Guided Imagery for Anxiety: Reduce Anxiety & Improve Self-Confidence

Do you struggle with the symptoms of anxiety, such as nervousness and tension? Are your anxiety symptoms also affecting your self-confidence? Having to cope with anxiety daily can be draining. Using guided imagery for anxiety, you can not only address your symptoms but also improve your self-confidence too.
What is Guided Imagery?
The Academy for Guided Imagery (AGI) defines a mental imagery as, “elements of the unconscious are invited to appear as images that can communicate with the conscious mind.”

In this process, you access images that allow you to connect with your consciousness and empower you to be successful.
What Kinds of Methods Are Used in Guided Imagery?
Some ways that guided imagery is utilized include:

  • Active imagination
  • Game playing
  • Dream interpretation
  • Drawing
  • Active imagination
  • Visualization
  • Metaphor/story-telling

How Can Guided Imagery be Used?
A classic example of guided imagery is the basketball player who closes their eyes and imagines making a free throw shot. The player stands at the free-throw line, eyes closed, and imagines themselves holding the ball. They stretch out their arms, jump, and mentally see the ball flying through the air and into the basket. They then throw the ball in real-life and make the shot. Since basketball players make many free-throws, they can access a memory where they previously made a shot. They then apply that memory to the current situation.
Using Guided Imagery for Anxiety
So, how can you use guided imagery for anxiety? Guided imagery can help you visualize yourself being successful when experiencing anxiety. When you feel anxiety coming on, you can better cope with the situation and relax. Over time, as you continue to have these kinds of successful experiences, your confidence in your ability to control your anxiety improves.
Ways to Use Guided Imagery for Anxiety
Some ideas for using guided imagery for anxiety include:

  • Imagining yourself feeling anxious and using a coping skill to calm down before certain situations happen.
  • Remembering a time when you were able to cope with your anxiety successfully.
  • Anticipating when you might experience anxiety and developing a plan to cope with it.

Think of guided imagery as creating a scenario in which you imagine your success. All kinds of people use scenarios as a training tool for handling real-life situations. These include emergency response workers, military personnel, even astronauts! When they encounter real-life situations they can access memories of their training and make appropriate decisions. If guided imagery is good enough for them, it can certainly help for coping with anxiety.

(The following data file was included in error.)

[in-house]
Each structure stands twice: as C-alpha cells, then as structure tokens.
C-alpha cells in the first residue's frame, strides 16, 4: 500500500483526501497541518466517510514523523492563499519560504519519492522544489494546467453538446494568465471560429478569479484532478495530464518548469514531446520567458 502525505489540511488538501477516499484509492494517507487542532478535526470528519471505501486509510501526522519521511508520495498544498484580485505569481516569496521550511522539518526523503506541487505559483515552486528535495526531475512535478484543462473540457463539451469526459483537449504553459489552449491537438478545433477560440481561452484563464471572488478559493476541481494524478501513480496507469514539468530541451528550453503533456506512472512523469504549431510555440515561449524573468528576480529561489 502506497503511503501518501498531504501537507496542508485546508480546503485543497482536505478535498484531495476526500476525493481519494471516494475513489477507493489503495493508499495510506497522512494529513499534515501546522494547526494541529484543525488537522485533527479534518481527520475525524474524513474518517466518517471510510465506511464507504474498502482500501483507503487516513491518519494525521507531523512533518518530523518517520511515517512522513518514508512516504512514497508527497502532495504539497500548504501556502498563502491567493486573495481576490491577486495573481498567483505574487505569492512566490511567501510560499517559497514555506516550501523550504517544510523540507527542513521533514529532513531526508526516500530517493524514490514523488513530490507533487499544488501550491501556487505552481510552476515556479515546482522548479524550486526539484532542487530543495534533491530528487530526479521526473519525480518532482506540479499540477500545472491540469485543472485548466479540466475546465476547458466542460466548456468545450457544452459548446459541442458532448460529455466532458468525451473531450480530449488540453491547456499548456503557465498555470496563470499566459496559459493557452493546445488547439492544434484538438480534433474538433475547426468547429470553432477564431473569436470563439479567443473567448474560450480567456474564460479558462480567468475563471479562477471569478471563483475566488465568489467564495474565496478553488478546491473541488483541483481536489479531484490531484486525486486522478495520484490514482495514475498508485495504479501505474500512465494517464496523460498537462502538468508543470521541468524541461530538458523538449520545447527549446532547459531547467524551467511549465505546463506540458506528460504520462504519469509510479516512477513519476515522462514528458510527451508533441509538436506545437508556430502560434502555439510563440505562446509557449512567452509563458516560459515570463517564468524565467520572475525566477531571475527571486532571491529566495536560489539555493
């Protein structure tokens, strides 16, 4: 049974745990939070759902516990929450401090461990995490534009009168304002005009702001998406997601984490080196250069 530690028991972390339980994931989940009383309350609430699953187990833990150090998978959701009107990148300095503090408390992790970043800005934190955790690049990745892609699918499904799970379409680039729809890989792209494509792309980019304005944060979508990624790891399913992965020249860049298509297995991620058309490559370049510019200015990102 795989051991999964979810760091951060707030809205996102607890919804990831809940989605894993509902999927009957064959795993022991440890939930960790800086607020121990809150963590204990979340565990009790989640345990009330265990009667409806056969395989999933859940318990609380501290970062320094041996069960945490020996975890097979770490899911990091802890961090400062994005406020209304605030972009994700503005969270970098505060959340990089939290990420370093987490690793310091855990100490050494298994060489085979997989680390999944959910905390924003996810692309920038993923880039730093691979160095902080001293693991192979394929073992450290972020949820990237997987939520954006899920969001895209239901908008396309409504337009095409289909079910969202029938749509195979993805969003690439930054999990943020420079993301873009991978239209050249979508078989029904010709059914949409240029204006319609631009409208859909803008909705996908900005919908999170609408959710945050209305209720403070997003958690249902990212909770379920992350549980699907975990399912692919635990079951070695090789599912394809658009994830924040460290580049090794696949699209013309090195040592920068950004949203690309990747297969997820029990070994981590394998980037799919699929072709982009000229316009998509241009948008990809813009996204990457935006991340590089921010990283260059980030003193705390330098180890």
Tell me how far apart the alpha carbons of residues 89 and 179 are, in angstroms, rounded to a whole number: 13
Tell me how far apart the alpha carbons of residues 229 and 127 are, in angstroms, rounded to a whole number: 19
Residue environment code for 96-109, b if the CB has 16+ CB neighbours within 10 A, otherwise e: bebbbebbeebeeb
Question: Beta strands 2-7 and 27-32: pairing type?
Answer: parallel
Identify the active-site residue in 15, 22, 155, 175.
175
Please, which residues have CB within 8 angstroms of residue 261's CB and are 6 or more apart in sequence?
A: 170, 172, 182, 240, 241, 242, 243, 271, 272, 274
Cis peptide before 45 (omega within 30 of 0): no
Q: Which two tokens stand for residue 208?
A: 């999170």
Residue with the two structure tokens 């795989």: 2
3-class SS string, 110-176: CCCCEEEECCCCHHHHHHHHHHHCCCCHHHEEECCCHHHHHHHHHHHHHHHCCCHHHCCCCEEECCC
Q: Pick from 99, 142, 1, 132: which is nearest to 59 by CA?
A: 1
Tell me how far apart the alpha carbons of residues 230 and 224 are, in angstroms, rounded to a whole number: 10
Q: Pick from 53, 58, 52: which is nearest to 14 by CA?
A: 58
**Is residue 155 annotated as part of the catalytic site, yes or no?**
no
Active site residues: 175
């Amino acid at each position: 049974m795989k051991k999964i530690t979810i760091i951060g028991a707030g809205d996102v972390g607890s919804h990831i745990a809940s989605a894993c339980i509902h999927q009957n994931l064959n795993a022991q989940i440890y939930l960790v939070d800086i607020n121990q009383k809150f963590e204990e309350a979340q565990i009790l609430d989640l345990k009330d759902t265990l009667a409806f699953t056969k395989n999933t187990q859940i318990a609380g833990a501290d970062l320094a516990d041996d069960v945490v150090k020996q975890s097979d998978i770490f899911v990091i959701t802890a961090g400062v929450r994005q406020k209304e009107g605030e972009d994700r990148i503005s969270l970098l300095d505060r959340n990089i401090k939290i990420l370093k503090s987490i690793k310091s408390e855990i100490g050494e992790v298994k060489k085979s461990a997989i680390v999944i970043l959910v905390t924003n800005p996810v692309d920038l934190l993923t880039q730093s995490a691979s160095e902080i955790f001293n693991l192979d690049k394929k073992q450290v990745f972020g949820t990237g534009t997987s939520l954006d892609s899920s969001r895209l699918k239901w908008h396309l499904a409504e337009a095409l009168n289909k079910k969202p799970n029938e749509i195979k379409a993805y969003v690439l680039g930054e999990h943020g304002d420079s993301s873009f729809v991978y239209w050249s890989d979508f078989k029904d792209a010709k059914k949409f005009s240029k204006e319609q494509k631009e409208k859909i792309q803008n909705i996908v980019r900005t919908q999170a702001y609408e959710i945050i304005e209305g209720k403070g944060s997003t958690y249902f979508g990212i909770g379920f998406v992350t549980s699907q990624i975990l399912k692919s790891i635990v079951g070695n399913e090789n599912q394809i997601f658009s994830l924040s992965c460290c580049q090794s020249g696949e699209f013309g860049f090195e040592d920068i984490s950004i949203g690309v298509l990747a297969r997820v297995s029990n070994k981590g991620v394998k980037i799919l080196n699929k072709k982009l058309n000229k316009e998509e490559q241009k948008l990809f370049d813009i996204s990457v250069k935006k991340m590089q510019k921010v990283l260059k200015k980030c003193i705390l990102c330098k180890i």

An Example of Using Guided Imagery for Anxiety
Let’s say that you experience anxiety when you think that something is dirty, such as a doorknob. You know that when you have to use a doorknob you begin to feel tense, maybe your breathing gets more rapid. Instead of getting more anxious, you:

  • imagine yourself saying a phrase to yourself to calm down.
  • visualize slowing down your breathing.
  • see yourself reaching up and touching the doorknob.
  • turn the knob and walk through the doorway.
  • close the door and walk away.

By going over the scenario in your head before the situation happens, when you are calm, you can better envision yourself being successful.
What if I Need Additional Help?
If you are struggling to come up with some guided imagery for anxiety ideas or scenarios, you can always consult with a therapist to brainstorm ideas and come up with some together. You can also discuss with your therapist times you used guided imagery in real-life.

Guided imagery is a great tool, useful for coping with your anxiety symptoms, and for boosting your self-confidence. By using guided imagery for anxiety, you train yourself to better respond to anxious situations. Over time, this can help relieve your symptoms and promote less stress in your life.

Questions, Concerns, Thoughts?

I invite you to call me for a free 15 – minute phone consultation to discuss your specific needs and to answer any questions you have about anxiety, treatment and my practice. Please visit my website @ or call me directly @ (206) 745-4933.